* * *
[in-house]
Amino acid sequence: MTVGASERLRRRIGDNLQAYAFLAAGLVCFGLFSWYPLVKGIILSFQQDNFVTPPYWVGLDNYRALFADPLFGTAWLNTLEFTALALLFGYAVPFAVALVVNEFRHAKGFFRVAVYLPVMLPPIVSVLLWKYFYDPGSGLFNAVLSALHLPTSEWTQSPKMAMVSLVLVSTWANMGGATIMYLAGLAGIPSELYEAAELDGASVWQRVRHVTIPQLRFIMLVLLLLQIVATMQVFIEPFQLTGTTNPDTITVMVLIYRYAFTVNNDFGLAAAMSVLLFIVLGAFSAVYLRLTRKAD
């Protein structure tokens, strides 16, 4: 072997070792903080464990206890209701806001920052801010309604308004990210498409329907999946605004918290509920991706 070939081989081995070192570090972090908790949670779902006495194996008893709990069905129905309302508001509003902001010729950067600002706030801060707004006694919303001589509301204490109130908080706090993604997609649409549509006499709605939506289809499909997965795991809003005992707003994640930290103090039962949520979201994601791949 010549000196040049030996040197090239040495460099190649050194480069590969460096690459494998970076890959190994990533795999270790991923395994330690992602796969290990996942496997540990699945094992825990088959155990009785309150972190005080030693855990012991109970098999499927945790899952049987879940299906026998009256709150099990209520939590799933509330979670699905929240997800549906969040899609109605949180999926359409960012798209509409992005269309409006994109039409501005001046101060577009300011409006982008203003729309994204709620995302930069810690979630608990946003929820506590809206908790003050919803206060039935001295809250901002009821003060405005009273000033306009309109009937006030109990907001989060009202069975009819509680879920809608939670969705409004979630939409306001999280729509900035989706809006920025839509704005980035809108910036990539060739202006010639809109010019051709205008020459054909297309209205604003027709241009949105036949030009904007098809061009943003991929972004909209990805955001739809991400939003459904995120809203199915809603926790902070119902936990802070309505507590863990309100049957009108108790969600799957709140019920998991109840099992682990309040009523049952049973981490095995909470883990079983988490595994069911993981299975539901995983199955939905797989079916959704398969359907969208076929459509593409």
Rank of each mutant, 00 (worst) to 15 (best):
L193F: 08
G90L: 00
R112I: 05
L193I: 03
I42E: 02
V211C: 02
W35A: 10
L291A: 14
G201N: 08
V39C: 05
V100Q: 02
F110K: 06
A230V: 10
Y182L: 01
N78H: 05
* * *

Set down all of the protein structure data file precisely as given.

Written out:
[in-house]
Amino acid sequence: MTVGASERLRRRIGDNLQAYAFLAAGLVCFGLFSWYPLVKGIILSFQQDNFVTPPYWVGLDNYRALFADPLFGTAWLNTLEFTALALLFGYAVPFAVALVVNEFRHAKGFFRVAVYLPVMLPPIVSVLLWKYFYDPGSGLFNAVLSALHLPTSEWTQSPKMAMVSLVLVSTWANMGGATIMYLAGLAGIPSELYEAAELDGASVWQRVRHVTIPQLRFIMLVLLLLQIVATMQVFIEPFQLTGTTNPDTITVMVLIYRYAFTVNNDFGLAAAMSVLLFIVLGAFSAVYLRLTRKAD
């Protein structure tokens, strides 16, 4: 072997070792903080464990206890209701806001920052801010309604308004990210498409329907999946605004918290509920991706 070939081989081995070192570090972090908790949670779902006495194996008893709990069905129905309302508001509003902001010729950067600002706030801060707004006694919303001589509301204490109130908080706090993604997609649409549509006499709605939506289809499909997965795991809003005992707003994640930290103090039962949520979201994601791949 010549000196040049030996040197090239040495460099190649050194480069590969460096690459494998970076890959190994990533795999270790991923395994330690992602796969290990996942496997540990699945094992825990088959155990009785309150972190005080030693855990012991109970098999499927945790899952049987879940299906026998009256709150099990209520939590799933509330979670699905929240997800549906969040899609109605949180999926359409960012798209509409992005269309409006994109039409501005001046101060577009300011409006982008203003729309994204709620995302930069810690979630608990946003929820506590809206908790003050919803206060039935001295809250901002009821003060405005009273000033306009309109009937006030109990907001989060009202069975009819509680879920809608939670969705409004979630939409306001999280729509900035989706809006920025839509704005980035809108910036990539060739202006010639809109010019051709205008020459054909297309209205604003027709241009949105036949030009904007098809061009943003991929972004909209990805955001739809991400939003459904995120809203199915809603926790902070119902936990802070309505507590863990309100049957009108108790969600799957709140019920998991109840099992682990309040009523049952049973981490095995909470883990079983988490595994069911993981299975539901995983199955939905797989079916959704398969359907969208076929459509593409």
Rank of each mutant, 00 (worst) to 15 (best):
L193F: 08
G90L: 00
R112I: 05
L193I: 03
I42E: 02
V211C: 02
W35A: 10
L291A: 14
G201N: 08
V39C: 05
V100Q: 02
F110K: 06
A230V: 10
Y182L: 01
N78H: 05